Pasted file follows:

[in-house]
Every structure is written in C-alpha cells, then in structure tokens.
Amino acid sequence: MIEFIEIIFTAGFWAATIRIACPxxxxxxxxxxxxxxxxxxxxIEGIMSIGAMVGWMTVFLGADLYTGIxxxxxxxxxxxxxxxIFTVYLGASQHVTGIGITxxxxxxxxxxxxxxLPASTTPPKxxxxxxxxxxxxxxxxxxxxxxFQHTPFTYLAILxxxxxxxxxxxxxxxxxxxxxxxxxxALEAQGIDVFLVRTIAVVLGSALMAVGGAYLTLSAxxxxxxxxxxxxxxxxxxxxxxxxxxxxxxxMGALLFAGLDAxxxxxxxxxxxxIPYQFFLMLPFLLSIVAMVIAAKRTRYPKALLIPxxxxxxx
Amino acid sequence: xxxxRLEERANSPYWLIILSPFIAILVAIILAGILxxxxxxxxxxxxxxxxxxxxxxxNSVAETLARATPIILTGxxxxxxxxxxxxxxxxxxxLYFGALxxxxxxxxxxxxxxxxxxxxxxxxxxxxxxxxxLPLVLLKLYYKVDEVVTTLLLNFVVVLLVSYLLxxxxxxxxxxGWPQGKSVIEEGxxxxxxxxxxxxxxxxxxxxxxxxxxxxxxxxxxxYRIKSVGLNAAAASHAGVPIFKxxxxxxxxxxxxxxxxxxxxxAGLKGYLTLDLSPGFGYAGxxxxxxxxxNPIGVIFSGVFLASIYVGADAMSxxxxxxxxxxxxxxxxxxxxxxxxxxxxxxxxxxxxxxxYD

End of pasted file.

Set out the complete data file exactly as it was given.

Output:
[in-house]
Every structure is written in C-alpha cells, then in structure tokens.
Amino acid sequence: MIEFIEIIFTAGFWAATIRIACPxxxxxxxxxxxxxxxxxxxxIEGIMSIGAMVGWMTVFLGADLYTGIxxxxxxxxxxxxxxxIFTVYLGASQHVTGIGITxxxxxxxxxxxxxxLPASTTPPKxxxxxxxxxxxxxxxxxxxxxxFQHTPFTYLAILxxxxxxxxxxxxxxxxxxxxxxxxxxALEAQGIDVFLVRTIAVVLGSALMAVGGAYLTLSAxxxxxxxxxxxxxxxxxxxxxxxxxxxxxxxMGALLFAGLDAxxxxxxxxxxxxIPYQFFLMLPFLLSIVAMVIAAKRTRYPKALLIPxxxxxxx
Amino acid sequence: xxxxRLEERANSPYWLIILSPFIAILVAIILAGILxxxxxxxxxxxxxxxxxxxxxxxNSVAETLARATPIILTGxxxxxxxxxxxxxxxxxxxLYFGALxxxxxxxxxxxxxxxxxxxxxxxxxxxxxxxxxLPLVLLKLYYKVDEVVTTLLLNFVVVLLVSYLLxxxxxxxxxxGWPQGKSVIEEGxxxxxxxxxxxxxxxxxxxxxxxxxxxxxxxxxxxYRIKSVGLNAAAASHAGVPIFKxxxxxxxxxxxxxxxxxxxxxAGLKGYLTLDLSPGFGYAGxxxxxxxxxNPIGVIFSGVFLASIYVGADAMSxxxxxxxxxxxxxxxxxxxxxxxxxxxxxxxxxxxxxxxYD